“It was with a spirit of reverential fear that the Fathers were then compelled to defend the divinity of the Son at the council of Nicaea in Ad 325. They sought to remind Christians that Christ’s coming into the world was a true manifestation of the eternal God and that his Incarnation opened the way to the fullness of salvation and deification: ‘[God] was made man’ said St. Athanasius, following St Irenaeus, ‘that we might be made God’. But such insistence on the eternal unity of the Father and the Son risked compromising or minimizing the uniqueness, or irreducible specificity, of each of the divine persons. The Cappadocian Fathers worked in the course of the fourth century to formulate a theological language and to establish the meaning of precise terms that would permit Christians on one hand to distinguish the unity of the Three in essence, or shared substance, and, on the other, to express the mystery of each of the three persons by using the philosophical term ‘hypostasis’. This term settled the Trinitarian debate more conclusively than did the term ‘person’, which had been introduced by Tertullian in the early third century, by emphasizing the unfathomable depth of personal being of each member of the Trinity.” (Boris Bobrinskoy in The Cambridge Companion to Orthodox Christian Theology edited by Mary B.Cunningham and Elizabeth Theokritoff, pgs.50-51)

Which Christ do we believe in?

Buddy Jesus

In the movie Talladega Nights, there is a scene in which the family is saying grace before they eat their fast food take home meal.  Will Farrel’s character offers the prayer to “Baby Jesus” and the “Christmas Jesus” which prompts an argument about which Jesus they pray to.  You can view the scene at  Grace to Baby Jesus (WARNING: the language and behavior of all at the table is offensive and crude, which has become the hallmark of American modern media comedy; you may find it lacking humor, propriety or grace).  I refer to the scene not because I think it brilliant, but  only because it highlights in an awful way a tendency in American society toward such extreme individualism even in one’s Christian faith, that everybody invents their own Jesus.  Jesus becomes nothing more than a personal idol – one can totally ignore Jesus as presented in the Gospel and tradition,  embracing instead the idol of Jesus that one makes for oneself, the Jesus that fits into one’s own unexamined lifestyle: a favorite Jesus, a preferred Jesus, a cuddly Jesus, or a Ninja Jesus.   The human creation of Jesus into an idol or into whatever someone wants to think about Jesus was the subject of debate for the first several hundred years of Christianity and is what prompted the need for a Creed and for the Ecumenical Councils to distinguish between the Jesus as revealed in the teachings of the Apostles (and the Scriptures and the Dogma of Christianity) and the many idols (heresies) which were constantly being created to conform Jesus to personal beliefs.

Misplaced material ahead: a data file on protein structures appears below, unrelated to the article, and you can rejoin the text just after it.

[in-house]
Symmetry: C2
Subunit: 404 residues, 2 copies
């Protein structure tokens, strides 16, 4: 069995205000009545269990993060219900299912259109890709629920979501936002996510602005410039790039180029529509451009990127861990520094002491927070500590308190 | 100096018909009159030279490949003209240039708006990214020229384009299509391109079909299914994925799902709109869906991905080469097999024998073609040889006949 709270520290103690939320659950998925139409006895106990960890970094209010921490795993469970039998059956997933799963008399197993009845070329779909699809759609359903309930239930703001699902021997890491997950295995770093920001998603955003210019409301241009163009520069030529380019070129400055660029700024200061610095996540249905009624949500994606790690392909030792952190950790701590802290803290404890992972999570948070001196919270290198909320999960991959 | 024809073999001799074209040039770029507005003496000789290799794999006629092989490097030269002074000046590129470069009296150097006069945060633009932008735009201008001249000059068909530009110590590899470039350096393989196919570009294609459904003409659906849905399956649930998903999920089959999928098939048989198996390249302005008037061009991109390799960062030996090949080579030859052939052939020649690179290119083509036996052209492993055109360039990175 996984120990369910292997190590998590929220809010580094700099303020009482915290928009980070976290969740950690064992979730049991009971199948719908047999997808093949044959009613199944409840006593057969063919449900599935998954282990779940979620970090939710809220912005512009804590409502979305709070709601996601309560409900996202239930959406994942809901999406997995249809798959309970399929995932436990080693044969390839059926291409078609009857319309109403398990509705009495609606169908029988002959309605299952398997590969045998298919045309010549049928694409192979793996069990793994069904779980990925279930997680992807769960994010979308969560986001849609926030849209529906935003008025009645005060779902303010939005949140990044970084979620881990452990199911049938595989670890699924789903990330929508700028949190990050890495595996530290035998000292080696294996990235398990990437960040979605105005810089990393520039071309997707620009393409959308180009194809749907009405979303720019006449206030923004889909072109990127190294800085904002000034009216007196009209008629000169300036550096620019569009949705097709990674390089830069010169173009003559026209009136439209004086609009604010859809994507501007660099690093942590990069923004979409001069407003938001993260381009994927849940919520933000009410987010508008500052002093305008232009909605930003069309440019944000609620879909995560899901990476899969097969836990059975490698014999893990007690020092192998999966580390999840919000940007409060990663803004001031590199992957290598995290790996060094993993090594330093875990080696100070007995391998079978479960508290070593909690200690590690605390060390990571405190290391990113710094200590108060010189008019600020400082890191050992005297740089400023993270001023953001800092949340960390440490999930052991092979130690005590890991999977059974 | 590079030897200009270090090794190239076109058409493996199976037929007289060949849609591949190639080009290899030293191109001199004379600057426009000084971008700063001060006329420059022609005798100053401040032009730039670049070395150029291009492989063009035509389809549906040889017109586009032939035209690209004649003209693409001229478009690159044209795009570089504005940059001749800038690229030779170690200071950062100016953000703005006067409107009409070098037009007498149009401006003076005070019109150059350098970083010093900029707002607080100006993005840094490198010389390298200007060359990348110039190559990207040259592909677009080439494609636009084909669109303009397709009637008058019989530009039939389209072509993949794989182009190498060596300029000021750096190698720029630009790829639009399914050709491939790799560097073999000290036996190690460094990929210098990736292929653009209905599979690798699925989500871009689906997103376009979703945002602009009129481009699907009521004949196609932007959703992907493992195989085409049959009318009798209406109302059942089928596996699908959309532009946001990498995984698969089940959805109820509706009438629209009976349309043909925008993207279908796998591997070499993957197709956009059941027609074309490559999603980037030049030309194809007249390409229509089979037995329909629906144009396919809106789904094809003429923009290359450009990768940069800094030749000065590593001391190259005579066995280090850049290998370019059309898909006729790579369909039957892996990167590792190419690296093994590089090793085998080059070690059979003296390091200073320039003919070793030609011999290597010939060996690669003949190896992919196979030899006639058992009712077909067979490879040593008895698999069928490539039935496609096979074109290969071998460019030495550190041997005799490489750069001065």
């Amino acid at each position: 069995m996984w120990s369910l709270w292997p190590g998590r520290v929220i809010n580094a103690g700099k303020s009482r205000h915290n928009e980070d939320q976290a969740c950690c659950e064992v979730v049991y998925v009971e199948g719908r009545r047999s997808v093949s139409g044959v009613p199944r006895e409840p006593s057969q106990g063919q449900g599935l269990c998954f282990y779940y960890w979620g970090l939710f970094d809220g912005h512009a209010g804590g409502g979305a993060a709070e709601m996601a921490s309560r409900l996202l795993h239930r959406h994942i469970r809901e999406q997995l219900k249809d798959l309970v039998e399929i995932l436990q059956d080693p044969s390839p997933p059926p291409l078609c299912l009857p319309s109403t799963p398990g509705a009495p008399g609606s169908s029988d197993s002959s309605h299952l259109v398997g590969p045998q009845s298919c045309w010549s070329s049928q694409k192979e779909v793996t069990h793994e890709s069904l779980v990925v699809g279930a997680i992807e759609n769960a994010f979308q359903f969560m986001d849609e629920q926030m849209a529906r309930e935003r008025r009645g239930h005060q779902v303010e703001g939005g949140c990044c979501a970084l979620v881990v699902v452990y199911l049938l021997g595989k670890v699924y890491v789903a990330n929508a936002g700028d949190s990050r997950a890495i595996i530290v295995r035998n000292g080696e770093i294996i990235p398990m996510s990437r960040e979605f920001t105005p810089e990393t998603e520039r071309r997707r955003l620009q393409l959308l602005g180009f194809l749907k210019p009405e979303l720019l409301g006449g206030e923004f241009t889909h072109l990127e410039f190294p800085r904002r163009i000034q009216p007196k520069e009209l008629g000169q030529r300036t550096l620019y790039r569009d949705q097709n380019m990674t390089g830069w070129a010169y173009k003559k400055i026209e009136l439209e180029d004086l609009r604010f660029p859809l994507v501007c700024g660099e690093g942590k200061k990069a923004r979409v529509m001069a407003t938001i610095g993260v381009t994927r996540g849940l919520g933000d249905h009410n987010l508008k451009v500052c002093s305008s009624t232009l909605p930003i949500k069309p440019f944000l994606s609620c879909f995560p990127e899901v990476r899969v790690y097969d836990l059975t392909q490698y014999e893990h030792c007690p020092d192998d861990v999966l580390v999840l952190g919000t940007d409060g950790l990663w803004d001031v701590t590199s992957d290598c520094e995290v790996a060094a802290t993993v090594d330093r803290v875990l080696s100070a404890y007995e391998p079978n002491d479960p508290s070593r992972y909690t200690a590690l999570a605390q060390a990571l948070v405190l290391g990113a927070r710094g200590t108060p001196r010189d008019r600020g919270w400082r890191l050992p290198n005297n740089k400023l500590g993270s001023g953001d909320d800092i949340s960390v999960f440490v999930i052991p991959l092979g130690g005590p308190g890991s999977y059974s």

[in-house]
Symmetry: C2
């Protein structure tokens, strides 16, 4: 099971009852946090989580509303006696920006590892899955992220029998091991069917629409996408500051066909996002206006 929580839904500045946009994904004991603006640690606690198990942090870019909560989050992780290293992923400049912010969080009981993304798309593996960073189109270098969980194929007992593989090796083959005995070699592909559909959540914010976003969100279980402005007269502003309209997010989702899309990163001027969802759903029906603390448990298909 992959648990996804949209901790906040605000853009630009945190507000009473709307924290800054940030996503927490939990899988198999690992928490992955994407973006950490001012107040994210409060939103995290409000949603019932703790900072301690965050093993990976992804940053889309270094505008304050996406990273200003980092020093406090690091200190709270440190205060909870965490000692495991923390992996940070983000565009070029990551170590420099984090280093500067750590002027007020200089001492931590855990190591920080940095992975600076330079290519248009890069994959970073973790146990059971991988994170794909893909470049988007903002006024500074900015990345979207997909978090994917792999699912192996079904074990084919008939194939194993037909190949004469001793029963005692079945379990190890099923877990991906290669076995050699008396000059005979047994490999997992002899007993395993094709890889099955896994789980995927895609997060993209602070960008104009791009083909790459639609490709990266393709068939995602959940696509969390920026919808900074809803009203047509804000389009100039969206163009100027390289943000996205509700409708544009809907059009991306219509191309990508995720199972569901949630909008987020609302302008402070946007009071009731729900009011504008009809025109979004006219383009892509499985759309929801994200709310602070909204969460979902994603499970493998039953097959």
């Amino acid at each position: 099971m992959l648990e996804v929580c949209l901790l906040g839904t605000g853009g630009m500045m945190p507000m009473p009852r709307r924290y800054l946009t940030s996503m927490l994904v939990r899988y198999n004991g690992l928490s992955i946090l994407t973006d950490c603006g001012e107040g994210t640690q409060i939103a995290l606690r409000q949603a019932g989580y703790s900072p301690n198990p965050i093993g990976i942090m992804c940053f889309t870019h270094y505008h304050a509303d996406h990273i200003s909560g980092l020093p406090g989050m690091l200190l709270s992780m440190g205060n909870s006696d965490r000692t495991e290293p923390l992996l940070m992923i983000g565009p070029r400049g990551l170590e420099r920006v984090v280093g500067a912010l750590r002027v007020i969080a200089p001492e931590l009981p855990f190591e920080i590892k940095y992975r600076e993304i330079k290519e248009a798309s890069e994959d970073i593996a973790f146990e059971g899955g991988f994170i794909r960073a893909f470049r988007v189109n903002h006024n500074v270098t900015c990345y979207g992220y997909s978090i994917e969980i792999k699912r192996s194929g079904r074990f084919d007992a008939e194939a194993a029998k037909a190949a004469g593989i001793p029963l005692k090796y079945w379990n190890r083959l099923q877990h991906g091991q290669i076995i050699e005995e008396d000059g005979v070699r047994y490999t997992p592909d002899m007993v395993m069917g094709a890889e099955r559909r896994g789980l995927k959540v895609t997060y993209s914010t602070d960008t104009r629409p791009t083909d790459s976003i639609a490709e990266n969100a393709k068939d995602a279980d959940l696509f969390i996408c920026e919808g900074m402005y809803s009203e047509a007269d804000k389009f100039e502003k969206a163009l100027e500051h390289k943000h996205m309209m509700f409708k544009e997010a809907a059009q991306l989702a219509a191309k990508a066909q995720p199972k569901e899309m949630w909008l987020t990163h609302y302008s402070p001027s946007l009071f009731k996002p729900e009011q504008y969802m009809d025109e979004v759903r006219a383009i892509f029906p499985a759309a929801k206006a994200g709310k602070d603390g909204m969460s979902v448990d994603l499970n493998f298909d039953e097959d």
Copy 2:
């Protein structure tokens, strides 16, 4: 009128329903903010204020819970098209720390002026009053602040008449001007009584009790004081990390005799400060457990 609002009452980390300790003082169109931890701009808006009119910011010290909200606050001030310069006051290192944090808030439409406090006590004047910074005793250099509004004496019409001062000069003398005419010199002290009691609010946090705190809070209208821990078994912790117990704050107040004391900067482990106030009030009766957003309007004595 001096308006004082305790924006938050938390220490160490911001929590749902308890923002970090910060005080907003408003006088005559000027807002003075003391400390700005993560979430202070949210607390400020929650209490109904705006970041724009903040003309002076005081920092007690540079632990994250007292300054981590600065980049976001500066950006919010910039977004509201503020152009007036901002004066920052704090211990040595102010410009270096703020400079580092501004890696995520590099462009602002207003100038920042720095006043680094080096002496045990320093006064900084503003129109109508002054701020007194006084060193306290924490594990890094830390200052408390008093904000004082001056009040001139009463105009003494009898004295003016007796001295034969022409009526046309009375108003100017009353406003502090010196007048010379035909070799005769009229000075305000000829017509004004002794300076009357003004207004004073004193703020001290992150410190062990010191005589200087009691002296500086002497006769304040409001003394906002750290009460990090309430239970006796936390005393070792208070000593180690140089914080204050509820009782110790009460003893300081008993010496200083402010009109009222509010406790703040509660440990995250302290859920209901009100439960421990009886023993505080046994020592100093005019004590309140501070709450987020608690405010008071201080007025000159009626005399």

Christ Pantocrator

“As we have seen, the Christ with whom we are concerned is the Scriptural Christ:  the Christ who appears in Gospels as the crucified and exalted Lord, understood and presented through the medium of the Scriptures—the Law, the Psalms and the Prophets.  It is this Christ who is the subject of our faith, not the Christ of historical reconstruction, individual mystical experience or metaphysical explanations.”   (Behr, J, Louth, A, Conomos, D Abba:  The Tradition of Orthodoxy in the West pg 176)

See also The Appearance of Jesus Christ: redux

Theophany as the Birth of Christ

Theophany Icon

In the ancient Church, many Christian communities placed little emphasis on the nativity of Christ in Bethlehem, focusing their liturgical attention on the baptism of Christ, the Feast of Theophany.  This no doubt resulted from the fact that in the Gospel according to both St. Mark and St. John, the ministry of Jesus Christ and thus the Gospel begins with Christ’s baptism, not with His birth.  In all the Gospels the call to repentance and the heralding of the Kingdom begins with St. John the Baptist’s proclaiming his message in the wilderness.  Only after His baptism, does Jesus proclaim His message of the Kingdom.

“The role of the Forerunner in the Incarnation and in the redemption of the world can also be clarified from another angle:  John is not only the Forerunner but also the Baptist.  Although the Nativity of Christ is truly the birth of God and the Most Pure One  is truly the Mother of God, God’s becoming man is not yet fully accomplished in the Nativity.  It is fully accomplished in the Lord’s Baptism, which is accompanied by the descent of the Holy Spirit upon His human essence; and this is Christ’s Pentecost.  After the latter, He becomes truly Christos, the Christ, the one anointed by the Holy Spirit.  Just as in humankind fleshly birth is distinguished from that by water and by the spirit, so, for the fullness of divine kenosis and in-humanization, not only the Nativity but also the Baptism of Christ had to occur.  In this light, Christ’s Baptism must be viewed as completing the Nativity, and thus it needs a spiritual “birthgiver”, or Baptist.  The Baptism is a necessary aspect of the Incarnation.  Since the Lord could not baptize Himself without violating the fullness of His in-humanization, He needed the Baptist for this fullness of His Incarnation, just as He needed the Mother for His Nativity.”    (Bulgakov, Sergius, The Friend of the Bridegroom:  On the Orthodox Veneration of the Forerunner, pg 12)